— OPINION —
By Wendelyn Jones, PhD
According the United Nations Industrial Development Organization Corporate Social Responsibility is a management concept whereby companies integrate social and environmental concerns into their business operations and stakeholder interactions.
At IAFNS, we believe that food safety efforts — which can often be thankless tasks – should count in CSR tallies at companies. CSR is generally understood as the way through which a company achieves a balance of economic, environmental and social imperatives — the “Triple Bottom-Line Approach.” CSR can take many forms, from community volunteering to support of local charities to company programs and projects with a national scope. But food safety is a global good that companies should be proud of.
In the food and beverage space, for example, IAFNS members track the safety of sodium and caffeine as part of ongoing initiatives. Producing food means companies take responsibility for food safety and other “public goods” from their supply chain to the consumer.
But let’s split “responsibility” into its constituent parts. The term “responsibility” implies obligation, and while there is a strong element of that in CSR, thinking of it in terms of “response-ability” is closer to what IAFNS endeavors to deliver in the food safety space.
For example, foods like pistachios, chocolate and cereal are generally considered ready-to-eat, low-moisture food (LMFs) products. Some foodborne viral outbreaks associated with LMFs have been reported in recent years. IAFNS invested in understanding pathogens in low-moisture foods, giving firms and other organizations in the food sector the response-ability to change their food processing and storage protocols to address any residual pathogen risks. As foodborne pathogens can persist for some time, IAFNS-supported researchers found that a method called Advanced Oxidative Process treatment worked optimally as an inactivator.
Another example involves IAFNS-supported studies of protein in the diet. A recent analysis found that increasing protein intake while dieting leads to improved intake of green vegetables and healthier diets. Increasing dietary protein during caloric restriction improved diet quality and helped to maintain Lean Body Mass in the study. This particular paper has been cited in multiple media stories including the San Francisco Gate and Yahoo! News and gives both company formulators and interested consumers the response-ability to update their practices.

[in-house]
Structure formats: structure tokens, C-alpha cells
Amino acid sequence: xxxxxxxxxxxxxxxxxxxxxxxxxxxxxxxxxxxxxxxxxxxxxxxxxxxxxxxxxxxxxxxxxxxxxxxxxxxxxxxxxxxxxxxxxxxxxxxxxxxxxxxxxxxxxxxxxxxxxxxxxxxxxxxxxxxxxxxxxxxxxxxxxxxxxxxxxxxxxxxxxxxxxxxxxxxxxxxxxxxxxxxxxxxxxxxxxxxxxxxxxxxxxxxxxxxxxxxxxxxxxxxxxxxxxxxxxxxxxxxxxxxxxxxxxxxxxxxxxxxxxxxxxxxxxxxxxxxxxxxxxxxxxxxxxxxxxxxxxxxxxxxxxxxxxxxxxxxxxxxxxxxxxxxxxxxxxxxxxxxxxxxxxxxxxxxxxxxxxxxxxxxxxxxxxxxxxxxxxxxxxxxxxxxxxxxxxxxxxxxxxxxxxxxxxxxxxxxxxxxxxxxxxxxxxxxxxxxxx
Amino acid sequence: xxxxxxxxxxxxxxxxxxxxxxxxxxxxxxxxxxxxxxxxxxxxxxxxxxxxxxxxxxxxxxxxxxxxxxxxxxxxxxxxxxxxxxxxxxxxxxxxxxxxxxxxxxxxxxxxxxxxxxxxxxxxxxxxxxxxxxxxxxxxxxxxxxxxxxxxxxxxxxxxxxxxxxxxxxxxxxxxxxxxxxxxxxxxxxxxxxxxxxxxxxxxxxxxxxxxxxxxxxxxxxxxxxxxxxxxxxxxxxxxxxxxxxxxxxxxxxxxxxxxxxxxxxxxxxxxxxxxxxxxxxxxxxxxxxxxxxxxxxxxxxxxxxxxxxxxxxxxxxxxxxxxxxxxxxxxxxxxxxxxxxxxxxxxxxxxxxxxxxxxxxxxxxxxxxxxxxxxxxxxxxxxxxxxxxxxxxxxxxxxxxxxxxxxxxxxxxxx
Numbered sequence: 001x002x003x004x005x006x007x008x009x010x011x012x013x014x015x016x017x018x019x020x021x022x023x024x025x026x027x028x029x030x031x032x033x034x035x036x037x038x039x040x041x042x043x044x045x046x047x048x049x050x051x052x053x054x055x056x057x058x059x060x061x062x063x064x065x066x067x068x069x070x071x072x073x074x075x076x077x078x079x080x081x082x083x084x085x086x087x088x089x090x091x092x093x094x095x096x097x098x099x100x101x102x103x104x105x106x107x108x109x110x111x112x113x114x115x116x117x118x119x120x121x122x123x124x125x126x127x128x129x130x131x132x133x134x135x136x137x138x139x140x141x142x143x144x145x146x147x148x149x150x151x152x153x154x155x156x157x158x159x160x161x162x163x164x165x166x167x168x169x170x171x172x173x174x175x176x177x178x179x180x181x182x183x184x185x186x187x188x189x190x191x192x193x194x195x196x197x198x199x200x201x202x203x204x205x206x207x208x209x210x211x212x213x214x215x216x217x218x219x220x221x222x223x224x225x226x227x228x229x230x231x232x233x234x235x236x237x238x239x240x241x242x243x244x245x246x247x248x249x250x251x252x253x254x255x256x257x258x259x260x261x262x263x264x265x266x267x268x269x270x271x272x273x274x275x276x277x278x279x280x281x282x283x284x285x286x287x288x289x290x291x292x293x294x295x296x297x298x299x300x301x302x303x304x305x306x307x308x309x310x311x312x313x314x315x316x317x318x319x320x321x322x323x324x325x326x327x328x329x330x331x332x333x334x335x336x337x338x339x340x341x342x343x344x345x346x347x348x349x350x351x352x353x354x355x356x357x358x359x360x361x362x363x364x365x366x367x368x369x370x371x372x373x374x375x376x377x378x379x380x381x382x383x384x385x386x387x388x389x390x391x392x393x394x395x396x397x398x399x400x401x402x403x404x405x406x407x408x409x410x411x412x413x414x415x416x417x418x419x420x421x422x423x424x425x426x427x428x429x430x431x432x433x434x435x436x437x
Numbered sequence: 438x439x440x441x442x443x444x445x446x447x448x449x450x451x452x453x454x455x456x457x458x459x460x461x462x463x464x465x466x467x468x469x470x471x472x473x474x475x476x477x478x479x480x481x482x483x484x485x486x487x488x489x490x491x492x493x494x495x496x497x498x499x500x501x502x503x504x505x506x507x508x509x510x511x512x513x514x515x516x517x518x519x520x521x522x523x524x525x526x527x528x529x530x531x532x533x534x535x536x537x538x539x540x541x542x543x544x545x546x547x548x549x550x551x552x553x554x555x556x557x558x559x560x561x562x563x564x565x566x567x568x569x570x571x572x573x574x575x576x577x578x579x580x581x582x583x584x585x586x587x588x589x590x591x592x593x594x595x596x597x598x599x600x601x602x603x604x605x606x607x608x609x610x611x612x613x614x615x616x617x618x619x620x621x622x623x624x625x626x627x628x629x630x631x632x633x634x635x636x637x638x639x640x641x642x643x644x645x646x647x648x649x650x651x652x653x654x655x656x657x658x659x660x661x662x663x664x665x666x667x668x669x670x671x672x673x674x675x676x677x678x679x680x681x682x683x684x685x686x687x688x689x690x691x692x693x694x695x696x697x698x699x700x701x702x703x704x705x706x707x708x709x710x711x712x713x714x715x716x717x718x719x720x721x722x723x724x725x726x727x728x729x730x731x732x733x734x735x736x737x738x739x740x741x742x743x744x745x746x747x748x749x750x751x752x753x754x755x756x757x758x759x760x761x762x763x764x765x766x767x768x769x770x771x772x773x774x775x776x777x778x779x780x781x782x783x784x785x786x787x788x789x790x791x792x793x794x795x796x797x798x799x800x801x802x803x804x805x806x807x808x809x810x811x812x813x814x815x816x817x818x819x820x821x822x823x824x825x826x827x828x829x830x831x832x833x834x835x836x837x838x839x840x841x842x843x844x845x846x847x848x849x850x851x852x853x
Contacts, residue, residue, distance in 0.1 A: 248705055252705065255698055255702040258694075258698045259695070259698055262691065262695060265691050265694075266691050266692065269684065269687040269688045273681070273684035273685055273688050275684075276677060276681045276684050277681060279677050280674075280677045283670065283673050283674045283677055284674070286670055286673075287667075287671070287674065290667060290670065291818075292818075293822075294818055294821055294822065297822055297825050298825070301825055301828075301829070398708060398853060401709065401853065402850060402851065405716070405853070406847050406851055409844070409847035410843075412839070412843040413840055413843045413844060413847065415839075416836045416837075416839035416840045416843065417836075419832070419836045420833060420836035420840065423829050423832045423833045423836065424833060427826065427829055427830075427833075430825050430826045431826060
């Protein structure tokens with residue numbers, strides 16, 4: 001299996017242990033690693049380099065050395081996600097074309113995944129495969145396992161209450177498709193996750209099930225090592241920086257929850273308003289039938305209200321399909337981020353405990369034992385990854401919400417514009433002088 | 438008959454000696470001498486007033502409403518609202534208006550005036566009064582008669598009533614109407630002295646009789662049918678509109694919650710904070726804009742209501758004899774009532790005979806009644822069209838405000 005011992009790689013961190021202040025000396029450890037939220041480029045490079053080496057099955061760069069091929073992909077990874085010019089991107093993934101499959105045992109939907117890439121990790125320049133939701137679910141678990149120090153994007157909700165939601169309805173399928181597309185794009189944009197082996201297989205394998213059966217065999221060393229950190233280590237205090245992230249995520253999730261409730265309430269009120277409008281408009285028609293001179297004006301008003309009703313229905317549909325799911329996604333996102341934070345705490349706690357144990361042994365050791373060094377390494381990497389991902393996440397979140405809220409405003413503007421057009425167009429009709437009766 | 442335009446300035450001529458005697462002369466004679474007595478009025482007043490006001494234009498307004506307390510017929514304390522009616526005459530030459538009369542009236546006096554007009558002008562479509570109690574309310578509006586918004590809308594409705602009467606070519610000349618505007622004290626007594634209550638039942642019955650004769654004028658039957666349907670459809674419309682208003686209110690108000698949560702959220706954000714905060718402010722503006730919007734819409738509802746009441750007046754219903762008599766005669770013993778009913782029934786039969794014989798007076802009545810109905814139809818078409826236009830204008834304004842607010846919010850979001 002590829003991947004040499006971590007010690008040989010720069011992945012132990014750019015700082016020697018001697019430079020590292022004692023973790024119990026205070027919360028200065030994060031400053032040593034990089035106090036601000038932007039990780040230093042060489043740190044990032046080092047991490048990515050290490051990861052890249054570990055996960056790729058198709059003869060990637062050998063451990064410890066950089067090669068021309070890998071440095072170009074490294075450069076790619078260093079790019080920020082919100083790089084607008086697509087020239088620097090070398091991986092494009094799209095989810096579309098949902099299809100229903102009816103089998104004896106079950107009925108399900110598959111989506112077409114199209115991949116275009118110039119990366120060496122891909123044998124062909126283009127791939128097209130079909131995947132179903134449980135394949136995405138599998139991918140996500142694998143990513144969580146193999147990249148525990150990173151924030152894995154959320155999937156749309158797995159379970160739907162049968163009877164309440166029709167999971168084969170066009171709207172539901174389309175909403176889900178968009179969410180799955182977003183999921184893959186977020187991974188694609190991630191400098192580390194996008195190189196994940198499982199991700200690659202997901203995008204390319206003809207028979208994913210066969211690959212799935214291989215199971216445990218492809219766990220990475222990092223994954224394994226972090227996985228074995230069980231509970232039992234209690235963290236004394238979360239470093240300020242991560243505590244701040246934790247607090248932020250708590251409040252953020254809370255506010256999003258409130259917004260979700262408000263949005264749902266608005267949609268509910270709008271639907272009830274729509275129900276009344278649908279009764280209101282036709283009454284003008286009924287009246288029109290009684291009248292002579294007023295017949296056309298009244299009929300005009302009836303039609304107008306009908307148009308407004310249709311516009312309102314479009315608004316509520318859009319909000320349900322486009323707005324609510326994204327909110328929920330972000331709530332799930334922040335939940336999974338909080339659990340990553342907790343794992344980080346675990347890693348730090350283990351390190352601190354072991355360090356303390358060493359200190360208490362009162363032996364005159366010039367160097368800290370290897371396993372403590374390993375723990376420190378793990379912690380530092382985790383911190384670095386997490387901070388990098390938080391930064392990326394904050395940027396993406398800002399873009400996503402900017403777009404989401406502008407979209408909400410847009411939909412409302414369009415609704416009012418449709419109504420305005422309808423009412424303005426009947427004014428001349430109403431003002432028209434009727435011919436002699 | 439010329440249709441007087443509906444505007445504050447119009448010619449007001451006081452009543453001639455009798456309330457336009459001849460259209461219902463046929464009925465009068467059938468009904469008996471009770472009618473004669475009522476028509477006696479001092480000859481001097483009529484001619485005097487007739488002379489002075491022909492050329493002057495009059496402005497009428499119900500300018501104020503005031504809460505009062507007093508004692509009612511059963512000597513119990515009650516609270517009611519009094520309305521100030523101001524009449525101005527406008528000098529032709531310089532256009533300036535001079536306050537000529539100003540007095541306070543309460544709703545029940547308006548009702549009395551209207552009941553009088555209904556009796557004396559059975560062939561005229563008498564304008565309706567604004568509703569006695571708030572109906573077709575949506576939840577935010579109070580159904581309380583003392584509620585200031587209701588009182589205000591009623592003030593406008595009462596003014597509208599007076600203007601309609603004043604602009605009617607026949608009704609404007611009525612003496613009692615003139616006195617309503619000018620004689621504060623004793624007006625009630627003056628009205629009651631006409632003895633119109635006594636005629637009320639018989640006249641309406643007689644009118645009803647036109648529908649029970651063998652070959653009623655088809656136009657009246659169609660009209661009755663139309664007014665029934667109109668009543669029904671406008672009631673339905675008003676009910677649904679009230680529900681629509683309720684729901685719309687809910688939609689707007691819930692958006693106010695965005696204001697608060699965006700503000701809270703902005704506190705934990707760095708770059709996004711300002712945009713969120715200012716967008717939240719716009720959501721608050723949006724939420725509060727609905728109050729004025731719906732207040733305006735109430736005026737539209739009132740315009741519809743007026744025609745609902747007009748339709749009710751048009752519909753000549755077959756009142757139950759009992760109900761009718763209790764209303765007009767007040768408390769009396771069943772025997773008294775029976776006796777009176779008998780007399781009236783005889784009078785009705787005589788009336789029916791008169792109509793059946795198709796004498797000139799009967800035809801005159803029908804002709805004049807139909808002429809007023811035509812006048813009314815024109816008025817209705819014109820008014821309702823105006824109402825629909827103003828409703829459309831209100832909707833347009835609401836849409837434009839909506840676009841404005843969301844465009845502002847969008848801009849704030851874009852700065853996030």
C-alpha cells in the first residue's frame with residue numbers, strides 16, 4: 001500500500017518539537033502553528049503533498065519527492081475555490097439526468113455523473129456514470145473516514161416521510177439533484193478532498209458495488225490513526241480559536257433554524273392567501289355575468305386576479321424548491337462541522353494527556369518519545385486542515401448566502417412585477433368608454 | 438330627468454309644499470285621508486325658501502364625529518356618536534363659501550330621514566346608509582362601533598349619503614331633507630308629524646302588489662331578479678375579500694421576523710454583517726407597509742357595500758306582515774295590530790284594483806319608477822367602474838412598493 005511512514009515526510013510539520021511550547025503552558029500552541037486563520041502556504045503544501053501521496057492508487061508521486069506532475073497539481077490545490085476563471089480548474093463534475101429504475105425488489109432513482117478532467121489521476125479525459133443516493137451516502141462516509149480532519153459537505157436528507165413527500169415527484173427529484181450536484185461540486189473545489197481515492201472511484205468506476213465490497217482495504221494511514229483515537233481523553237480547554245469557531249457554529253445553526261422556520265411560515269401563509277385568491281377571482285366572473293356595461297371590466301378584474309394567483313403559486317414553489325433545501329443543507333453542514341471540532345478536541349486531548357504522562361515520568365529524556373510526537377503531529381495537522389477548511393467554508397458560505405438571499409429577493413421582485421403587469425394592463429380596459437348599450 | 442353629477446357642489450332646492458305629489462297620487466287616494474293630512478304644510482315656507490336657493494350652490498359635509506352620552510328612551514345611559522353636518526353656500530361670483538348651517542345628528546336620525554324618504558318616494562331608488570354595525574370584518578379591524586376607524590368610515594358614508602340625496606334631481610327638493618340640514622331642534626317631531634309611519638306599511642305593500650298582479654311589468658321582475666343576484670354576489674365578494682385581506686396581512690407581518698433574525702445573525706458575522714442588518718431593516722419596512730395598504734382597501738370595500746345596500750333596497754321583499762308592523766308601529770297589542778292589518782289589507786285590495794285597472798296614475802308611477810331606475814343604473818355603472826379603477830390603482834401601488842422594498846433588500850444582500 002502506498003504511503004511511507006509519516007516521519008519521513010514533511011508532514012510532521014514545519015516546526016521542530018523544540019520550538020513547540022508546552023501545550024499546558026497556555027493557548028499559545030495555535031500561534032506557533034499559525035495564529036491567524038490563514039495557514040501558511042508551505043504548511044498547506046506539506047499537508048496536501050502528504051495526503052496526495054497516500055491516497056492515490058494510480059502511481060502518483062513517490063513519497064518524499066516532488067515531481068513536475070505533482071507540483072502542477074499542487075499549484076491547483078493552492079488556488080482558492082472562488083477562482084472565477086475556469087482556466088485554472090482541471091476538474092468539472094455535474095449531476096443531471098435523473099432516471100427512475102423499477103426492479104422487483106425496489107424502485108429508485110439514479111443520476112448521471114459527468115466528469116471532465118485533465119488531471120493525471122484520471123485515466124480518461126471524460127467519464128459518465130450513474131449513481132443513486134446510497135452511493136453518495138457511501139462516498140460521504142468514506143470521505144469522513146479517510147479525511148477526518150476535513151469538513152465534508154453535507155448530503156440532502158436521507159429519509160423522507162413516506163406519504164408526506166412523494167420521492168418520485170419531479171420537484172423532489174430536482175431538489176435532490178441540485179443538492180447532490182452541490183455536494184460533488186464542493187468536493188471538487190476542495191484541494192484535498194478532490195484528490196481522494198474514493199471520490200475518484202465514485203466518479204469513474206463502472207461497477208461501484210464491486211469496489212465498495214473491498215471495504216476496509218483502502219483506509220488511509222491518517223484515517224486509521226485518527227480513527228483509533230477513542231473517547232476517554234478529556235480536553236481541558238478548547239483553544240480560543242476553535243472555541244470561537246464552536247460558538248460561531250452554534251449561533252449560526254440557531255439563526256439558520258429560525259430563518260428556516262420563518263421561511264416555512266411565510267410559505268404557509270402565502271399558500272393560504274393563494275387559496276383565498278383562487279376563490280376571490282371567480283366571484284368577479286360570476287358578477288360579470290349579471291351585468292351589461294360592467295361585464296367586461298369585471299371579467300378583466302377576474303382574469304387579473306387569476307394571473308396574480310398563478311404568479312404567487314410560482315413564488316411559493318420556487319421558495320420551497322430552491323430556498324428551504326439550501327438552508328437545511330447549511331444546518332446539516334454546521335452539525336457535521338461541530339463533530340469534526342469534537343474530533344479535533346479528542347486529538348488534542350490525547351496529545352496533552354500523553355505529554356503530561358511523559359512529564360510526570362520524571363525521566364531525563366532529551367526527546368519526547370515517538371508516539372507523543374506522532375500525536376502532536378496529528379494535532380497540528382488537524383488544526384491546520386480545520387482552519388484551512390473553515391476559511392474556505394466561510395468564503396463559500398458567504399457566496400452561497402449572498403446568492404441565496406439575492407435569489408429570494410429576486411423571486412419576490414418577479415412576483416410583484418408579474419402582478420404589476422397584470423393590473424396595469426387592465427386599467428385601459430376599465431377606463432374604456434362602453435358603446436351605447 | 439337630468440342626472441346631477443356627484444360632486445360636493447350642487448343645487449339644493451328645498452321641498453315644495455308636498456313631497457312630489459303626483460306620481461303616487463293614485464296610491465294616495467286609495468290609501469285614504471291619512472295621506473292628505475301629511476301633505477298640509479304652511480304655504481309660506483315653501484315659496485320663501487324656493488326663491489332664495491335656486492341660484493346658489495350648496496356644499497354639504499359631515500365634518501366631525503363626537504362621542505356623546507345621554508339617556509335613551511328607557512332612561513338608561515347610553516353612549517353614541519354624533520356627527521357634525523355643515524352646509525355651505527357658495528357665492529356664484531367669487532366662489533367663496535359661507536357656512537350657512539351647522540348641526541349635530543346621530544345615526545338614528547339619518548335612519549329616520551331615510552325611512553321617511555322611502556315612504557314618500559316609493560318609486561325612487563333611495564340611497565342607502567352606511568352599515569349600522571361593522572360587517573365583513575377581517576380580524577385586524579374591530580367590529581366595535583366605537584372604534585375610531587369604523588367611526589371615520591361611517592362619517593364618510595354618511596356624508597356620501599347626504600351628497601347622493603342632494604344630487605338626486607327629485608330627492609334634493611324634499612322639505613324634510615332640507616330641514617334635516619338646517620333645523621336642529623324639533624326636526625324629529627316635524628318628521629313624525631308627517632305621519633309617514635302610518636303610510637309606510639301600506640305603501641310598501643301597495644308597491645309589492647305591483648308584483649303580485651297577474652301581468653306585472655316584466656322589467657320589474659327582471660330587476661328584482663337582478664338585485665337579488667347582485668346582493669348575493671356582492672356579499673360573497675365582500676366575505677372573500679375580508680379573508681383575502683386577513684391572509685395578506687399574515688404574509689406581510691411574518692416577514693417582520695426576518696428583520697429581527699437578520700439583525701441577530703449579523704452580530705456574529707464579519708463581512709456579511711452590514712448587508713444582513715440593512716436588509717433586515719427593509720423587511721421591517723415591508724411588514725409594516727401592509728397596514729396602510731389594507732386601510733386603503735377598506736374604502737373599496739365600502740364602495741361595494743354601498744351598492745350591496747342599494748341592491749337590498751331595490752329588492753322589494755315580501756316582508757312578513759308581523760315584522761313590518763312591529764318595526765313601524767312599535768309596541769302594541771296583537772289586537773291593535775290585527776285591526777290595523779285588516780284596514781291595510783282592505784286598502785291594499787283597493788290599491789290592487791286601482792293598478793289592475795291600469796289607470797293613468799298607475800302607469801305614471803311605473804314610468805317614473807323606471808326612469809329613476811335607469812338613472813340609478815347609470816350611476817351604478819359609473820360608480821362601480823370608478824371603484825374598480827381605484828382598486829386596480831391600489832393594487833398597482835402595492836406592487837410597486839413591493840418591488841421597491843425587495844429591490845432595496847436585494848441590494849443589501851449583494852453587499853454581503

Finally, sodium consumption has been covered by Food Safety News previously. An IAFNS-supported study extracted analytical methods, broad and specific reduction categories, significant outcomes, and other strategies for decreasing sodium. Methods included salt removal, salt replacement, flavor modification, functional modification, or physical modification. Although salt removal and salt replacement were the main strategies, future public health improvement efforts may benefit from combining methods focused on the food supply. In addition, it’s important to look at sensory characteristics, technology and consumer perceptions. IAFNS response-ability in this area includes a searchable database of papers on options for salt reduction techniques for adoption in the food sector. Watch this space for our database of sodium reduction papers and other tools as they become available.
In this way, scientific research on food safety contributes to and shapes CSR. Research efforts empower companies, cooks and consumers to make key choices as a result of new knowledge which IAFNS helps generate. This response-ability provides new, well-informed options for those in the food and beverage ecosystem to optimize their food safety choices, reduce risks and interact constructively with their stakeholders.
About the author: Wendelyn Jones is Executive Director of the Institute for the Advancement of Food and Nutrition Sciences (IAFNS). She has a passion for bringing together science and society, drawing from her global experiences working across chemical, agricultural, food, and health sectors. She applies her PhD in life sciences to extend IAFNS’ contribution to, and impact within, diverse scientific and health communities.
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